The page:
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only asylum open to him, the Venusberg. But lo! three days after he had gone, Urban discovered that his pastoral staff had put forth buds, and had burst into flower. Then he sent messengers after Tanhäuser, and they reached the Hörsel vale to hear that a wayworn man, with haggard brow and bowed head, had just entered the Hörselloch. Since then the Tanhäuser has not been seen'.
Such is the sad yet beautiful story of Tanhäuser. It is a very ancient myth Christianized, a widespread tradition localized. Originally heathen, it has been transformed, and has acquired new beauty by an infusion of Christianity. Scattered over Europe, it exists in various forms, but in none so graceful as that attached to the Hörselberg. There are, however, other Venusbergs in Germany: as, for instance, in Swabia, near Waldsee; another near Ufhausen, at no great distance from Freiburg (the same story is told of this Venusberg as of the Hörselberg); in Saxony there is a Venusberg not far from Wolkenstein. Paracelsus speaks of a Venusberg in Italy, referring to that in which Æneas Sylvius (Ep. 16) says Venus or a Sibyl
| Pretorius, Blocksberg, Leipzig, 1668. Grimm, Deutsche Sagen, Berlin, 1866, I. p. 214. Bechstein, Thuringische Märchenschatz, 1835.
resides, occupying a cavern, and assuming once a week the form of a serpent. Geiler v. Keysersperg, a quaint old preacher of the fifteenth century, speaks of the witches assembling on the Venus berg, but does not say where it is.
The story, either in prose or verse, has often been printed. Some of the earliest editions are the following :
"Das Lied von den Danhewser." Nürnberg, without date; the same, Nürnberg, 1515.—“Das Lyedt v. d. Thanheuser.” Leyptzk, 1520.-—"Das Lied v. d. Danheüser,” reprinted by Bechstein, 1835.—“Das Lied vom edlen Tanheuser, Mons Veneris.” Frankfort, 1614; Leipzig, 1668.—"Twe lede volgen Dat erste vam Danhüsser." Without date.-" Van heer Danielken.” Tantwerpen, 1544. -A Danish version in "Nyerup, Danske Viser," No. VIII.
Let us now see some of the forms which this remarkable myth assumed in other countries. Every popular tale has its root, a root which may be traced among different countries, and though the accidents of the story may vary, yet the substance remains unaltered. It has been said that the common people never invent new story-radicals any more than we invent new word-roots, and this is perfectly true. The same story-root remains, but it is varied according to the temperament of the narrator or the exigencies of localization. The story-root of the Venusberg is this :
The underground folk seek union with human
beings. a. A man is enticed into their abode, where he
unites with a woman of the underground
B. He desires to revisit the earth, and escapes. y. He returns again to the region below.
Now there is scarcely a collection of folk-lore which does not contain a story founded on this root. It appears in every branch of the Aryan family, and examples might be quoted from Modern Greek, Albanian, Neapolitan, French, German, Danish, Norwegian and Swedish, Icelandic, Scotch, Welsh, and other collections of popular tales. I have only space to mention some.
There is a Norse Tháttr of a certain Helgi Thorir's son, which is, in its present form, a production of the fourteenth century. Helgi and his brother Thorstein went a cruise to Finnmark, or Lapland. They reached a ness, and found the land covered with forest. Helgi explored this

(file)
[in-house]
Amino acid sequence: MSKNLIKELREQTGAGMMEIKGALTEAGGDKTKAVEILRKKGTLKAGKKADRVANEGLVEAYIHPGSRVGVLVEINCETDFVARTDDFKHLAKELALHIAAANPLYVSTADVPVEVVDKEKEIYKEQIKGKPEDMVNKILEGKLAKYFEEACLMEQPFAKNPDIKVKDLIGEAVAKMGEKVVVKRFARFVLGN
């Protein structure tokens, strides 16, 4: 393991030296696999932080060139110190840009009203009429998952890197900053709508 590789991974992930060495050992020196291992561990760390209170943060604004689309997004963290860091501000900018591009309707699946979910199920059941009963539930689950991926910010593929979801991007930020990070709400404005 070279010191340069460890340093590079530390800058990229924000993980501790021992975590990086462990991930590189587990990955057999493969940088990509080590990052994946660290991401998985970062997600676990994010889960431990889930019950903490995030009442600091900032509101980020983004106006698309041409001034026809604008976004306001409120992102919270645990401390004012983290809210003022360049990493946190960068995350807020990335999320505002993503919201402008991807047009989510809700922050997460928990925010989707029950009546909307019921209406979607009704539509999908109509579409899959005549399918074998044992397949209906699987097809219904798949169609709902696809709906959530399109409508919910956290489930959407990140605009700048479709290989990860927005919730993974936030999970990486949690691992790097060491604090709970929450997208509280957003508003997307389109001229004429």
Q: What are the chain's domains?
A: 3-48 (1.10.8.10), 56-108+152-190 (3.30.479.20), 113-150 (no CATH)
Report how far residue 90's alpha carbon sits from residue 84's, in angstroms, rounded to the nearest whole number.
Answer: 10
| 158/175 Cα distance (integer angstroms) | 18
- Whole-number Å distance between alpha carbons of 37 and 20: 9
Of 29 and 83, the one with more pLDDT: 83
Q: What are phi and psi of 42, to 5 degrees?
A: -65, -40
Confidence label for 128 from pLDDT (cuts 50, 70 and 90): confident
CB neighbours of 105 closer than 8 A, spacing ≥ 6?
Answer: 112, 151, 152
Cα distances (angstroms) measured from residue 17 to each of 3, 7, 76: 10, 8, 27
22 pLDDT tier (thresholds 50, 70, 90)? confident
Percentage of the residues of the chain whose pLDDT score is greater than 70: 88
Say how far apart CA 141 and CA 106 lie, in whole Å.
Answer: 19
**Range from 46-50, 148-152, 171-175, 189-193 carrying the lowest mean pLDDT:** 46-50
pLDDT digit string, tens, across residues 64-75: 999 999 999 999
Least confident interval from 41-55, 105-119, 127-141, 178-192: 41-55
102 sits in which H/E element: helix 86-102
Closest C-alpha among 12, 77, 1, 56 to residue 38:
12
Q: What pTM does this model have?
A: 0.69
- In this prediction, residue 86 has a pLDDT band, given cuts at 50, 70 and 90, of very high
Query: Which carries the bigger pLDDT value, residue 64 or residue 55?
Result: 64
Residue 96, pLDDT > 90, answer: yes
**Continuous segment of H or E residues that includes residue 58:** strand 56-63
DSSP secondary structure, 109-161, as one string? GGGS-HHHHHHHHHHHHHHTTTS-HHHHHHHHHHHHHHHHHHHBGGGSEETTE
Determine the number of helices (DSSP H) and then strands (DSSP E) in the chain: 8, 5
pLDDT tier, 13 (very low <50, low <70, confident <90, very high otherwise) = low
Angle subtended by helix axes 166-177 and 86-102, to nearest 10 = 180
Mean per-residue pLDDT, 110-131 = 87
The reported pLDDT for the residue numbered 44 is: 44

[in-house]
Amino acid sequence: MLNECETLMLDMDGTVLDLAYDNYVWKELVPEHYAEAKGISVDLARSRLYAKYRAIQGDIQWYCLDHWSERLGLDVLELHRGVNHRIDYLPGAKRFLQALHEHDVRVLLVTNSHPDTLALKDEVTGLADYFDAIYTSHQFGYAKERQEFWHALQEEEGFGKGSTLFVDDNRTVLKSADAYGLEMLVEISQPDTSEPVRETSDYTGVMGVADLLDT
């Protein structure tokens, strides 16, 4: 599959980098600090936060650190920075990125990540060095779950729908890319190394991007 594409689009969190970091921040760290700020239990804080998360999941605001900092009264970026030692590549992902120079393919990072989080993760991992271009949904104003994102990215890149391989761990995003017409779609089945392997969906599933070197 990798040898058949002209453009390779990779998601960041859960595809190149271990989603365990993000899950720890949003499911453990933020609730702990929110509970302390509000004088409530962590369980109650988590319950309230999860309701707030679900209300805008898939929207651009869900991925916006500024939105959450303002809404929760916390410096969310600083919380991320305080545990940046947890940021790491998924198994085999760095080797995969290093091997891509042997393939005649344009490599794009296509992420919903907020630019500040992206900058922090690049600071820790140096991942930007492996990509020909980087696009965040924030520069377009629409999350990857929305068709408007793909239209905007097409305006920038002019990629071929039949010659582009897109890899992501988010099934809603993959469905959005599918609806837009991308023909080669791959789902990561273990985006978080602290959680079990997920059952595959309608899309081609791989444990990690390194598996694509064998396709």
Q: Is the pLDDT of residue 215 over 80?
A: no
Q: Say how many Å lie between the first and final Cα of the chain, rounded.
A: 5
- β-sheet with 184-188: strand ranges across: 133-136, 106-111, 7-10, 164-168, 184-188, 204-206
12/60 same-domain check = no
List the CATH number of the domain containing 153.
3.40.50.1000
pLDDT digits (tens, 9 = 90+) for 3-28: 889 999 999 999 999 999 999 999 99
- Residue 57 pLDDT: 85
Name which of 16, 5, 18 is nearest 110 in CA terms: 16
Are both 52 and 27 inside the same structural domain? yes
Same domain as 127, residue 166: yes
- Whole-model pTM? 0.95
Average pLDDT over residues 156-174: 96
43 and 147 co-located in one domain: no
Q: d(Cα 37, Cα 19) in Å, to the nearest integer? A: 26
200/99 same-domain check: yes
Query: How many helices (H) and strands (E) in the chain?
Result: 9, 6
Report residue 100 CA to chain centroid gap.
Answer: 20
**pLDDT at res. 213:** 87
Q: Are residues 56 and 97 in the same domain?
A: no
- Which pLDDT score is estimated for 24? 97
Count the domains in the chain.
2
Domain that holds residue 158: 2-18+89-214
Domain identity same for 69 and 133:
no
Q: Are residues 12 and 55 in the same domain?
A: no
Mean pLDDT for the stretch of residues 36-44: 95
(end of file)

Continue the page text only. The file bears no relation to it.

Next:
forest, and lighted suddenly on a party of red. dressed women riding upon red horses. These ladies were beautiful and of Troll race. One surpassed the others in beauty, and she was their mistress. They erected a tent and prepared a feast. Helgi observed that all their vessels were of silver and gold. The lady, who named herself Ingibjorg, advanced towards the Norseman, and invited him to live with her. He feasted and lived with the Trolls for three days, and then returned to his ship, bringing with him two chests of silver and gold, which Ingibjorg had given him. He had been forbidden to mention where he had been and with whom, so he told no one whence he had obtained the chests. The ships sailed, and he returned home.
One winter's night Helgi was fetched away from home, in the midst of a furious storm, by two mysterious horsemen, and no one was able to ascertain for many years what had become of him, till the prayers of the king, Olaf, obtained his release, and then he was restored to his father and brother, but he was thenceforth blind. All the time of his absence he had been with the red-vested lady in her mysterious abode of Glæsisvellir.
The Scotch story of Thomas of Ercildoune is the same story. Thomas met with a strange lady, of elfin race, beneath Eildon Tree, who led him into the underground land, where he remained with her for seven years. He then returned to earth, still, however, remaining bound to come to his royal mistress whenever she should summon him. : Accordingly, while Thomas was making merry with his friends in the Tower of Ercildoune, a person came running in, and told, with marks of fear and astonishment, that a hart and a hind had left the neighbouring forest, and were parading the street of the village. Thomas instantly arose, left his house, and followed the animals into the forest, from which he never returned. According to popular belief, he still “drees his weird" in Fairy Land, and is one day expected to revisit earth. (Scott, “Minstrelsy of the Scottish Border.") Compare with this the ancient ballad of Tamlane.
Debes relates that “it happened a good while since, when the burghers of Bergen had the commerce of the Faroe Isles, that there was a man in Serraade, called Jonas Soideman, who was kept by the spirits in a mountain during the space of seven years, and at length came out, but lived afterwards in great distress and fear, lest they should again take him away; wherefore people were